For many years, WIKA has been among the leading manufacturers of high-quality industrial temperature measuring instruments. Our experience and know-how in the construction of temperature sensors sets us apart.
What is a temperature sensor?
The term temperature sensor, with electrical thermometers, describes a unit from one or more temperature sensor elements and a usage-specific armour, which can consist of, for example, connection head, neck tube, thermowell or a hand grip. The sensor element built into the temperature sensor takes the actual measurement and converts the measured temperature into an electrical signal.
With WIKA, temperature sensors in industrial temperature measurement are essentially divided between the following groups:
Temperature sensors with thermocouples
Temperature sensors with thermocouples are suitable for the measurement of high temperatures of up to +1,700 °C.
Thermocouples consist of two different metals which are bound together to form the 'thermocouple'. The connection point (hot junction) represents the actual measuring point of the temperature sensor, the wire ends are designated as the cold junction. When there is a temperature change at the measuring point of the temperature sensor, due to the different electron densities of the metals and the temperature difference, a voltage is generated between the hot and cold junctions. This is approximately proportional to the temperature of the measuring point (Seebeck effect).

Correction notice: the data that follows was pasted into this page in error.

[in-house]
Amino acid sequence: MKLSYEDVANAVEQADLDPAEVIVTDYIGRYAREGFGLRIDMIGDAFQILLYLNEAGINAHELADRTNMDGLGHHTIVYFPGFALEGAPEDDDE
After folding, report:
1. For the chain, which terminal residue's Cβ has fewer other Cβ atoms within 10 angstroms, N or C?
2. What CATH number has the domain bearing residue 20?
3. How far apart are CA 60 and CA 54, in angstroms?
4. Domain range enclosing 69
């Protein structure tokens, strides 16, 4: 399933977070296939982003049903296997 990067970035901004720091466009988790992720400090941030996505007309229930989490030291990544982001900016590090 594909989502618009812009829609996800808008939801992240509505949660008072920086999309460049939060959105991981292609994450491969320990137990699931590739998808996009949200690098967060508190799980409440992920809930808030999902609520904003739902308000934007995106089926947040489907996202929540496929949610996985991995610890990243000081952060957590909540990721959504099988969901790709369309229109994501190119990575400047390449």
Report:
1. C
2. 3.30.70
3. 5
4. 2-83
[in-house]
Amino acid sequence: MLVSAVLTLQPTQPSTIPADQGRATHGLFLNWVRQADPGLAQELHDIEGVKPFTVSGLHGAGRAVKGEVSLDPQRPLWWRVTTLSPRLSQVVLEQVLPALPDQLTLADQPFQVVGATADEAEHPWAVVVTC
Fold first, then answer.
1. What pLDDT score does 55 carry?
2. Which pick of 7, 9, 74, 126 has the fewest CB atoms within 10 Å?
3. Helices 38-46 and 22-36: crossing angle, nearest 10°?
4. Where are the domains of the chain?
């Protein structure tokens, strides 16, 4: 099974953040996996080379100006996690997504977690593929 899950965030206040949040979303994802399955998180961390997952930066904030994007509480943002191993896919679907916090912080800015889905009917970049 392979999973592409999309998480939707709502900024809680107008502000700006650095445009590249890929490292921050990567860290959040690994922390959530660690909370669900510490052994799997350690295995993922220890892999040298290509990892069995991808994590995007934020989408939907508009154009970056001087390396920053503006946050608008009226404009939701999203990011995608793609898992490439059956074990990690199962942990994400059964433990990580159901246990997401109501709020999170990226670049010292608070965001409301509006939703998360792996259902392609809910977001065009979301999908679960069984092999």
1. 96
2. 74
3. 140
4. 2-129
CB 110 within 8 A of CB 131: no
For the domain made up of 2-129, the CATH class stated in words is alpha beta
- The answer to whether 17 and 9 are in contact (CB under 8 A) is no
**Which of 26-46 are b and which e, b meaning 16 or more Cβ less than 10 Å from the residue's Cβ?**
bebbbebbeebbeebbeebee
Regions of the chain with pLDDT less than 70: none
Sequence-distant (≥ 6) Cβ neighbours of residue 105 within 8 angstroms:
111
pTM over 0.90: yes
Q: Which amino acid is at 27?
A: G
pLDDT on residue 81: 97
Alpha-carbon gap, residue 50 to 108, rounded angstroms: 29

The low diameter of the sheathed thermocouple of a temperature sensor enables a response time that is faster than is possible with a resistance thermometer.
Temperature sensors with resistance thermometers
A resistance thermometer has its strengths in the low and medium temperature ranges of -200 … +600 °C. In industry, mainly Pt100 or Pt1000 measuring resistors are used. If the sensor of the temperature sensor detects an increase in temperature, then its resistance also increases (positive temperature coefficient). The resistance of a Pt100 resistance thermometer at 0 °C is 100 Ohm, for a Pt1000 resistance thermometer it is 1,000 Ohm.
Basically there are two types of measuring resistors differentiated in temperature sensors: Thin-film measuring resistors and wire-wound measuring resistors. The advantages of thin-film measuring resistors are their small overall size and high vibration resistance with the appropriate construction of the temperature sensor. Thin-film measuring resistors have come to represent the standard sensor design, provided that they are not ruled out as a result of their temperature range (measuring ranges for accuracy class B temperature sensors: Thin-film measuring resistors -50 … +500 °C, wire-wound measuring resistors -200 … +600 °C).
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